A former Far North mayoral candidate, serving a 24-year jail term for sex and violence charges, has lost his battle to keep his farm.
Allan John Titford was found guilty on 39 charges after a four-week trial at the High Court in Whangarei last year and in a recently-released decision the High Court again ruled against him on a civil matter.
In 1999, Titford set up the Mengha Trust with one of the primary beneficiaries being his wife Susan Cochrane.
The prime asset of the trust was an Awanui farm, a 230-hectare property 13 kilometres north of Kaitaia, which was bought in 2002.
When Titford was arrested in 2010, bail conditions meant he had to leave Northland and the condition of the farm deteriorated.
The High Court heard from Gina Tarasiewicz, a director and shareholder of Mengha Trustees and Titford's former accountant, that the farm owed $70,000 in rates arrears and had to pay $200,000 to comply with obligations under the Resource Management Act.
Tarasiewicz and Cochrane had an offer from a potential buyer who was willing to pay $2.21 million for the farm but could not proceed without Titford's agreement. That had not been given.
Titford told the court the property was actually worth $6.8m and said mismanagement had led to its problems and the subsequent "fire-sale" price.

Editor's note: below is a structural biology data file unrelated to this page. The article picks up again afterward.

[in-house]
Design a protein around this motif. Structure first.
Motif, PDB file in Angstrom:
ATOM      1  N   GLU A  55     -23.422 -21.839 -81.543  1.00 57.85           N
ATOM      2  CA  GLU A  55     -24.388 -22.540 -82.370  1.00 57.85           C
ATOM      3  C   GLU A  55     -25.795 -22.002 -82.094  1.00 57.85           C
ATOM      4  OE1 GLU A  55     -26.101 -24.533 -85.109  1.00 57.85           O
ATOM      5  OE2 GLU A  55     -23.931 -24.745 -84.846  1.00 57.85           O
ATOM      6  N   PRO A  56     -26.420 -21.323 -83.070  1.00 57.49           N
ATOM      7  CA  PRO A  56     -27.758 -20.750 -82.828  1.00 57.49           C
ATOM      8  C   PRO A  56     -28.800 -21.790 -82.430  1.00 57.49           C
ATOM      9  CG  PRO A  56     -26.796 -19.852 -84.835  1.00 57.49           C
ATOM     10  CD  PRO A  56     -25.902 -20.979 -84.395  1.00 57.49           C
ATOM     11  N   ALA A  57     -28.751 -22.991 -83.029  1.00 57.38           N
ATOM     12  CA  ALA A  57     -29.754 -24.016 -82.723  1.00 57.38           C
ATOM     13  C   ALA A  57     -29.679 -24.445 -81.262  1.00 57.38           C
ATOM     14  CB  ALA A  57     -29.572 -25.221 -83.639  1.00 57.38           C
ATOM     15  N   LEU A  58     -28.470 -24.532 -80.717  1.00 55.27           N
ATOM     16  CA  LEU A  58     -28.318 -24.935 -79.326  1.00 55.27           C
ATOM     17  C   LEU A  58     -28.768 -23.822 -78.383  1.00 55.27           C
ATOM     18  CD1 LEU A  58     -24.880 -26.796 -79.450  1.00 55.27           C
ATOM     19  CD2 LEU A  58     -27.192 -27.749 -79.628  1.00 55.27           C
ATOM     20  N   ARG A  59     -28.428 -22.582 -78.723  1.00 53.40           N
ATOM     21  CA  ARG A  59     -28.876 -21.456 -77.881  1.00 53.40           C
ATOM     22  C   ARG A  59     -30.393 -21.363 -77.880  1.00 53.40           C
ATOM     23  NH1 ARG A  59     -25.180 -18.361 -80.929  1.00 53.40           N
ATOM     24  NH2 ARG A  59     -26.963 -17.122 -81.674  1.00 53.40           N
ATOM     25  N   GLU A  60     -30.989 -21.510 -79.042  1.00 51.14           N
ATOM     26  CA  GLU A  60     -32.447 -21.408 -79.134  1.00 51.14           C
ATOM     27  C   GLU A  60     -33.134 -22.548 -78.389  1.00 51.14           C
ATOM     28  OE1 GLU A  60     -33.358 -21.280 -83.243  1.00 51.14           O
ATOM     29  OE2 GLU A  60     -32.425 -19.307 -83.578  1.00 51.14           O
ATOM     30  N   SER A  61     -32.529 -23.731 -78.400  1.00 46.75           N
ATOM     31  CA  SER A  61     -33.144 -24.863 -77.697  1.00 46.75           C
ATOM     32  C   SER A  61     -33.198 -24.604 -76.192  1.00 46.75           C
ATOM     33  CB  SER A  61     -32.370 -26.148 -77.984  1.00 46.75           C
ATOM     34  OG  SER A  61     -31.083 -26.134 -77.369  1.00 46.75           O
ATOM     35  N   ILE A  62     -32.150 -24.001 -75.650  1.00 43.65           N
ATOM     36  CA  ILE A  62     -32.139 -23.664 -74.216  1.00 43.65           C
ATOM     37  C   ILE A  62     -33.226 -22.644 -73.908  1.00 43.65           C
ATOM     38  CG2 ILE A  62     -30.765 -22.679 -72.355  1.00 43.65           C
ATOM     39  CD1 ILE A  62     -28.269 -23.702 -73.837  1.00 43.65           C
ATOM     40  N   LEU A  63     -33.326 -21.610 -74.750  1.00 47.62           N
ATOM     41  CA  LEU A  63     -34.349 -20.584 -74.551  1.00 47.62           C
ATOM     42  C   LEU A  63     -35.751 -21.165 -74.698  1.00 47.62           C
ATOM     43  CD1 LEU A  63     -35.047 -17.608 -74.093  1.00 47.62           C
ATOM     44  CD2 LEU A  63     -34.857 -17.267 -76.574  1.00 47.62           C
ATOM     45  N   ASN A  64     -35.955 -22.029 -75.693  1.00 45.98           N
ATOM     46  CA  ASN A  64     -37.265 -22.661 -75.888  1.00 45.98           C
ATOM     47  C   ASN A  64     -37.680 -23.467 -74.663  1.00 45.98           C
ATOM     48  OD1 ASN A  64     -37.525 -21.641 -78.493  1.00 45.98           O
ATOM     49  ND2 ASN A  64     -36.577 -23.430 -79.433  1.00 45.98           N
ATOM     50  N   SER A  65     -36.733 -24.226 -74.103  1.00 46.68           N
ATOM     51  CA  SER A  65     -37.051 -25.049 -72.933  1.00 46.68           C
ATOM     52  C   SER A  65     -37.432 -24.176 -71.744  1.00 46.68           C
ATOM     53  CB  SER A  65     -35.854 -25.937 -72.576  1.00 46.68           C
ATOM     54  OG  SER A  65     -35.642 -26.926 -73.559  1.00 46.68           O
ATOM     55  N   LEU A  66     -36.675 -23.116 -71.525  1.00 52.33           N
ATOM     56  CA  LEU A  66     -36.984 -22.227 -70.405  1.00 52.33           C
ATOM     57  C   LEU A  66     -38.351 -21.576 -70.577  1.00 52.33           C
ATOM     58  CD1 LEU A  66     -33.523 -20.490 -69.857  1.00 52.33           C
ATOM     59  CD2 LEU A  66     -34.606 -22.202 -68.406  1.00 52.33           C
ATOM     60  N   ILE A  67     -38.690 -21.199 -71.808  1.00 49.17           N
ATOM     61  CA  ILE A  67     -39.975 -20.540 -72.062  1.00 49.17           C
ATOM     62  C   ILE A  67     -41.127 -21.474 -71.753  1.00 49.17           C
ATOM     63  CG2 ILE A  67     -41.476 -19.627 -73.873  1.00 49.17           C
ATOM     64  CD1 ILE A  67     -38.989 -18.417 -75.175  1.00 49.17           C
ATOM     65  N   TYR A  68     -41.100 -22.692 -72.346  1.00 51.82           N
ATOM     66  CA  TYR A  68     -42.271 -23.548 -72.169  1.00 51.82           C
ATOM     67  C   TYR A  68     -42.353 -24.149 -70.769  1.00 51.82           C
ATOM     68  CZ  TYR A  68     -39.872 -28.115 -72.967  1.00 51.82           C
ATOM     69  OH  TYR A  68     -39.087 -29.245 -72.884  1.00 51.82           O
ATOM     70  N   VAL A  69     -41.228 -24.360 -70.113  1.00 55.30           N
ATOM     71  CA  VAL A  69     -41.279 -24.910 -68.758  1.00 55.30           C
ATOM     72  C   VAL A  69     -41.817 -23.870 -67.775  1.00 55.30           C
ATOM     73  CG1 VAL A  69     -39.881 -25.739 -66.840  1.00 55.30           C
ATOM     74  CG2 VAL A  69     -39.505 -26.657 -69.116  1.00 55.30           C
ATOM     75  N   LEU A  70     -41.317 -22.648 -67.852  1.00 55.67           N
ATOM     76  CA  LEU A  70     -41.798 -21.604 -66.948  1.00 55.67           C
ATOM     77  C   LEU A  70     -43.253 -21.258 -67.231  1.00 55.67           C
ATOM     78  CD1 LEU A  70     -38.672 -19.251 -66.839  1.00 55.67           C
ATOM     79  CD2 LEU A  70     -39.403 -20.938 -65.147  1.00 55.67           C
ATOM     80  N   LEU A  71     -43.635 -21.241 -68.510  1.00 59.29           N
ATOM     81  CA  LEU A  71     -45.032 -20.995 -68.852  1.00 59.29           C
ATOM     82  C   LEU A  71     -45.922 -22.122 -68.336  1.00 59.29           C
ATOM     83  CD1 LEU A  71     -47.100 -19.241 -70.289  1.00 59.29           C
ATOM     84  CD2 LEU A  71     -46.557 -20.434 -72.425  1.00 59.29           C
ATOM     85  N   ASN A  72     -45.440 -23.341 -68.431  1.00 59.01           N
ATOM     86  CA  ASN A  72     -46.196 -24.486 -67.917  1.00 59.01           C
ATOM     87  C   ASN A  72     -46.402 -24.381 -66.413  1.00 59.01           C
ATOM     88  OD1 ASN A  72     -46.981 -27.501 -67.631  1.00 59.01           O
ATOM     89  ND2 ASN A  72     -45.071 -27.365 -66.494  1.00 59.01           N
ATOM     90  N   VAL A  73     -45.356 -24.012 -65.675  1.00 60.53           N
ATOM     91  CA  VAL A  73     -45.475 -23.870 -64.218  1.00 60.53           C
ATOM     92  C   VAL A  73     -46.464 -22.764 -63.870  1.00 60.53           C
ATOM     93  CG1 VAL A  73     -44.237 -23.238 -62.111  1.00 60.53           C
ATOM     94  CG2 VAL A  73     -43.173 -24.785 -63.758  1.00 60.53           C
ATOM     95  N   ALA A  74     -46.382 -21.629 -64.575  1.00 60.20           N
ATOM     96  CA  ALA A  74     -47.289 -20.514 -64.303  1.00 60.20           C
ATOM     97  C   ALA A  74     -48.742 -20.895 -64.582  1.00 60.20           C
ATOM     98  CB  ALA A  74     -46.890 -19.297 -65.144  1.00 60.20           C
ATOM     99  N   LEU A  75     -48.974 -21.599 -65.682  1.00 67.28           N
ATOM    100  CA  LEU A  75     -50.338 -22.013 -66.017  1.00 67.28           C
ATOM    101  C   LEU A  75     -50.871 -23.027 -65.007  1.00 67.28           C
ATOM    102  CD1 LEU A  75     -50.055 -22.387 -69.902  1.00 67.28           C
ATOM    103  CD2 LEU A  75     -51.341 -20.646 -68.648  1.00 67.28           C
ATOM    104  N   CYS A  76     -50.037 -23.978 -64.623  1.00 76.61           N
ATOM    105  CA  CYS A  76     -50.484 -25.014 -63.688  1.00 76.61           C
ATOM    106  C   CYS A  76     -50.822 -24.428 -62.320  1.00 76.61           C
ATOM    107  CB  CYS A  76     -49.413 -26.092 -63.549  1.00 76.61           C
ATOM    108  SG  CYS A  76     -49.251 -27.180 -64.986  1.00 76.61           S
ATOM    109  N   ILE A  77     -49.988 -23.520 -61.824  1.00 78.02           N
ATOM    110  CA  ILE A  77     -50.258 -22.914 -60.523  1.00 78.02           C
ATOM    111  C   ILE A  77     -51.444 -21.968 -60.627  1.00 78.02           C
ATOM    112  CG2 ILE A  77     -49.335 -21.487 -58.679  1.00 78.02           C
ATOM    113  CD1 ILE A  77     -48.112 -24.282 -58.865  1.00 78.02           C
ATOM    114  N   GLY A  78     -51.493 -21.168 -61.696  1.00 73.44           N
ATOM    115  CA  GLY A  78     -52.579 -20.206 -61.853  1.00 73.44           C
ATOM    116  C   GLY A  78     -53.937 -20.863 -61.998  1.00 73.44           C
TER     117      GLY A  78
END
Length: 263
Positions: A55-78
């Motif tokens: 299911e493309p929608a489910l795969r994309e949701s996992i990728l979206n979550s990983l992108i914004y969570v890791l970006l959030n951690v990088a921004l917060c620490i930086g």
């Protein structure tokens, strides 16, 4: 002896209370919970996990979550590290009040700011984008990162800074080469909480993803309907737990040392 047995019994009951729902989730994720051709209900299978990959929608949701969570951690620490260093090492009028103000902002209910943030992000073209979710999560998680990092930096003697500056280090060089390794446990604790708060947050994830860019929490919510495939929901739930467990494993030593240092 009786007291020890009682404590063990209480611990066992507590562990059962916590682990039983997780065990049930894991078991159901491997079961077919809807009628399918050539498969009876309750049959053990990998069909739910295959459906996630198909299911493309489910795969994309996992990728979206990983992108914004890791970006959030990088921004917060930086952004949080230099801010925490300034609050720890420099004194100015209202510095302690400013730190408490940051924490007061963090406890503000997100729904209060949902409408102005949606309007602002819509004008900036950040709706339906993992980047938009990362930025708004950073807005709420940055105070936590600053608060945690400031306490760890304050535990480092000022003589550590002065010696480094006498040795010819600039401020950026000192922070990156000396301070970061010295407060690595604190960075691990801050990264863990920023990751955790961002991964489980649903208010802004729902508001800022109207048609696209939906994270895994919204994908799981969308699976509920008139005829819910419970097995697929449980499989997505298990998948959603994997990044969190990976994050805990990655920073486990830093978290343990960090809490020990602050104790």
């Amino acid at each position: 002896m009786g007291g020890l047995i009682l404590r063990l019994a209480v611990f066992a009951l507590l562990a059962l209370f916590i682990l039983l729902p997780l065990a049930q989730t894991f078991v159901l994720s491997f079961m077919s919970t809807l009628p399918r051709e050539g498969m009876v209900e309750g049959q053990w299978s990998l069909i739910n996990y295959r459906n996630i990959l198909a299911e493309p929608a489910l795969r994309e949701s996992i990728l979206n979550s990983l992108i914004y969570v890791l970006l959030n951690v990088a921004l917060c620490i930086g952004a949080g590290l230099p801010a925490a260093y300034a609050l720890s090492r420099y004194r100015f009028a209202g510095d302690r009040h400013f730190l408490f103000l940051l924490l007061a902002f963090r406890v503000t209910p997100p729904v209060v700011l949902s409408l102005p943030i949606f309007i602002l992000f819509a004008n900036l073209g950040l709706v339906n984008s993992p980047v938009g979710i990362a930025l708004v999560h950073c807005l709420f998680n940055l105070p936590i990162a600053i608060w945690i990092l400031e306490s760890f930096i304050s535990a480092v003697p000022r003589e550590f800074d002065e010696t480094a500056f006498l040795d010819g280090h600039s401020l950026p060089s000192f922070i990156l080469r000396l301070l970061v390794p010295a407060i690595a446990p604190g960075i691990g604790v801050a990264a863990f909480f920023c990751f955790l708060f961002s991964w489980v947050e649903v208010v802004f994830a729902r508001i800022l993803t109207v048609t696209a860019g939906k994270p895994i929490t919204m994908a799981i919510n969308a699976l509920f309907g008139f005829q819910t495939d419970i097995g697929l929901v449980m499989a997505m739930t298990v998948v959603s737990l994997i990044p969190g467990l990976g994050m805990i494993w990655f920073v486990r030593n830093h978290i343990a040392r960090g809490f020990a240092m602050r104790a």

Titford said the farm could be converted to a beef unit, which would alleviate financial pressures but Justice Graham Lang considered the proposal was unrealistic.
The judge removed Titford's power as a trustee and authorised the Mengha Trustees to proceed with the sale.
Justice Lang ruled the funds raised be used to pay off outstanding debts with the balance held pending further orders from the court.
Titford has seven children with Cochrane, who was bankrupt between 2007 and 2010.
At her husband's sentencing she told the court he had kept her as "a sex slave" for 22 years.
Titford will be eligible for parole in eight years.
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